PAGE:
An HM Treasury-ordered review of UK fintech has called for the introduction of a new UK regime for the regulation of crypto-assets.
Recent moves by UK regulators – including a ban on the sale of crypto derivatives and a somewhat botched anti-money laundering register – have led some to suggest that local crypto startups will look to move to friendlier jurisdictions.
The review, announced in chancellor Rishi Sunak’s debut budget back in March 2020 and spearheaded by former Worldpay boss Ron Kalifa, points out that other markets are pressing ahead with the development of crypto-specific frameworks, such as the EU’s Markets in Crypto-Assets proposals – and states that the UK needs to move fast to maintain its position as a hub for digital assets.
The report states:
“The UK should aim to be at least as broad in ambition as MiCA – but should also consider whether it can develop a bespoke regime that is more innovation-driven.
“A bespoke regime for cryptoassets should adopt a functional and technology-neutral approach, in line with the principles of the current regulatory framework, as well as the concept of “same risk, same regulation”, while being tailored to the risks arising from cryptoasset-related activities. It should also be flexible enough to deal with future challenges – such as how Decentralised Finance (DeFi) should be regulated.”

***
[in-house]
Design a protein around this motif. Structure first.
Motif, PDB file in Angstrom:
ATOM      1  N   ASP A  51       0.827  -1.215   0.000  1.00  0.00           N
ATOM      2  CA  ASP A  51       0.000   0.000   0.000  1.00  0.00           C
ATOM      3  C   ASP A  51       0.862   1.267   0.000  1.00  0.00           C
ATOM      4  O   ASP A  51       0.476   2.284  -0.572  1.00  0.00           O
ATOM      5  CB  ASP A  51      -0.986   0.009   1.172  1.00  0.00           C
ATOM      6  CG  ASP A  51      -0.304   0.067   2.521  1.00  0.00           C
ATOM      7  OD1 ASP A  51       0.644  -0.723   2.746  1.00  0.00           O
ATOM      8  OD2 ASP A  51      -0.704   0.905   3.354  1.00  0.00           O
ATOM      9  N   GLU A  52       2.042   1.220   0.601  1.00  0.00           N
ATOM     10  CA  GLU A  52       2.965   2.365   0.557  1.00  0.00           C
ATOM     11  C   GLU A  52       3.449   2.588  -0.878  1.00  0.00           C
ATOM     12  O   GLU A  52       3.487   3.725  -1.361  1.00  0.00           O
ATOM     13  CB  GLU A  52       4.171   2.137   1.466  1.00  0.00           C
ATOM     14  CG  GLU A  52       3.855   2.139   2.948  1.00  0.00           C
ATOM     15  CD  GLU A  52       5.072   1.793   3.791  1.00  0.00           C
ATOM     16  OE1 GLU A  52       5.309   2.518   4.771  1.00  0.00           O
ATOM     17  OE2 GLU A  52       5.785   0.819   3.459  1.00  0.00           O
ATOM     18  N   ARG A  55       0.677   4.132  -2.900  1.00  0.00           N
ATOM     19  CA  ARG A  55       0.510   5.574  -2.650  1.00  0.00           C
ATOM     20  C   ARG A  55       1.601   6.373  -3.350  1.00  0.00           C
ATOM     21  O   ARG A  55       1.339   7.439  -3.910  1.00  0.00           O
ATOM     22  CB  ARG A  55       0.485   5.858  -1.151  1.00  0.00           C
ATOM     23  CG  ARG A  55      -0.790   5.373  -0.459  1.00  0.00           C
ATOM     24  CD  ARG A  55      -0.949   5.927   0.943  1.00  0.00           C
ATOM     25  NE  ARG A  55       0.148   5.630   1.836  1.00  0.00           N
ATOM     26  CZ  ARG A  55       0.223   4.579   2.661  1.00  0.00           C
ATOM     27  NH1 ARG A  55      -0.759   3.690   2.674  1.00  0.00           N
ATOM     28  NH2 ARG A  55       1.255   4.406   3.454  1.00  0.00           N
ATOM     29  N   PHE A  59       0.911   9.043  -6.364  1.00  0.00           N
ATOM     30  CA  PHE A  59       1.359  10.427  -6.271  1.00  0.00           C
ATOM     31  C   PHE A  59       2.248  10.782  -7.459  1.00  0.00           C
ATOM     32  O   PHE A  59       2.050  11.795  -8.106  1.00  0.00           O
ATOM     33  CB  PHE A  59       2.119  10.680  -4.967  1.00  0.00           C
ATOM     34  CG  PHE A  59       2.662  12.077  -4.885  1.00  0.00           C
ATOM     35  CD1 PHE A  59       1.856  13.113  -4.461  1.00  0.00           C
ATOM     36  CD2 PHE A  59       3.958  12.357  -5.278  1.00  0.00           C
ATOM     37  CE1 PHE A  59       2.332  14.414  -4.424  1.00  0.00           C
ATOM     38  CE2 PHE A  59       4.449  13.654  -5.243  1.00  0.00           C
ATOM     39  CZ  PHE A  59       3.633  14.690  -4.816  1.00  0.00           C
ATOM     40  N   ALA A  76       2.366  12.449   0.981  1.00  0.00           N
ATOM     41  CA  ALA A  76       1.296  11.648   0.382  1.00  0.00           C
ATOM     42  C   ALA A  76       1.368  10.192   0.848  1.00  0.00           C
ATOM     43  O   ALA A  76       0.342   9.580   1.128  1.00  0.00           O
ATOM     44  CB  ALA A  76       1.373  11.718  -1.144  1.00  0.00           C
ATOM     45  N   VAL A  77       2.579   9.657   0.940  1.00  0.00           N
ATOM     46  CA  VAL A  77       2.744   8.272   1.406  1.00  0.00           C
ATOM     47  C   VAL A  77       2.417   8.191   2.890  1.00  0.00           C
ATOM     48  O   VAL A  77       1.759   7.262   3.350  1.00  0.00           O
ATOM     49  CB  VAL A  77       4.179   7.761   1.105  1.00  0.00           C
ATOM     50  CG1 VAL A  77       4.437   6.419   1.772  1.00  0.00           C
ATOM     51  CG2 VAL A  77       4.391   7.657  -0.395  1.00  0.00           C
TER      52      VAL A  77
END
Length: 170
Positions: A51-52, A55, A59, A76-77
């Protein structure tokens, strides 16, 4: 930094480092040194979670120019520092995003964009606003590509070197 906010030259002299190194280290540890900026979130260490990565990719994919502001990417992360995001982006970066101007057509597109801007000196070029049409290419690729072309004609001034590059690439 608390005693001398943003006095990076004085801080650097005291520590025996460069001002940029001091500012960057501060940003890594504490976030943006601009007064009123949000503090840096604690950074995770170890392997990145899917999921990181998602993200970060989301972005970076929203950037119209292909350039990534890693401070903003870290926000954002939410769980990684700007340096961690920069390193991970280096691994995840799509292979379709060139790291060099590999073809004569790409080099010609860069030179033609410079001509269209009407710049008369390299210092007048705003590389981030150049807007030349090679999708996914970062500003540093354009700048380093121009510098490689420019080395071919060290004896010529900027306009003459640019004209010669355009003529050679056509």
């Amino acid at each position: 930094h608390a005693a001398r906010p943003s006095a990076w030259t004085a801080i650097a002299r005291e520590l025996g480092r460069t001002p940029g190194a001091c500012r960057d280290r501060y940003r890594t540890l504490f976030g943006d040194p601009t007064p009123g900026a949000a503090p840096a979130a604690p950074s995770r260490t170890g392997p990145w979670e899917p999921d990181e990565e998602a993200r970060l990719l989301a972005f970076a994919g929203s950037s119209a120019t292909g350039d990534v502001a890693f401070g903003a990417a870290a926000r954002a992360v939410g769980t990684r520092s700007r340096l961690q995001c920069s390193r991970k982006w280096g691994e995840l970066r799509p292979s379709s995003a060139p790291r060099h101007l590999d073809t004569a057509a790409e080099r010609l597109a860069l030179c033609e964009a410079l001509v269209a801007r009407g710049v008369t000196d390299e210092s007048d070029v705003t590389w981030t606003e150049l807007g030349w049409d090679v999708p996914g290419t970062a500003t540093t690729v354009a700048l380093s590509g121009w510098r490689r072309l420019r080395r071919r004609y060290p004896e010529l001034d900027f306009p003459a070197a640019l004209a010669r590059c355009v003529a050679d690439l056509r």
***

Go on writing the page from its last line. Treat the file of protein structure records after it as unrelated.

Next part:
The Treasury published a consultation paper and call for evidence on the UK’s regulatory approach to crypto and stablecoins in January.
The review also called for the UK to continue to participate in the Global Financial Innovation Network – a working group of national regulators – and to lead the way on crypto policy and regulation. The government should keep the initiatives of other international markets “under review” so as not to fall behind, it added.
The long-anticipated Kalifa review is an effort to help the UK maintain its position as a leading hub for fintech businesses – something of an obsession among British politicians.
It is comprised of five key workstreams, which are policy and regulation; skills; investment; international connectivity; and national connectivity.
Calls for the creation of a £1bn growth fund had already grabbed headlines when they leaked in January.
“This would be a market-led, specialist £1bn Fintech Growth Fund. It would be funded by holders of domestic institutional capital and, where feasible, utilise existing regulatory concessions made applicable only to the fund, thus providing a vehicle to support growth from Series B to pre-IPO stage and the option to hold beyond,” the report stated.
The review also called for changes to UK listing rules through the reduction of free float requirements (the proportion of shares startups have to make available for investment when they go public), the introduction of dual class shares, and the relaxation of pre-emption rights.
These recommendations come amid fears of a mass exodus of the UK’s promising pipeline of potential fintech IPOs to the US.
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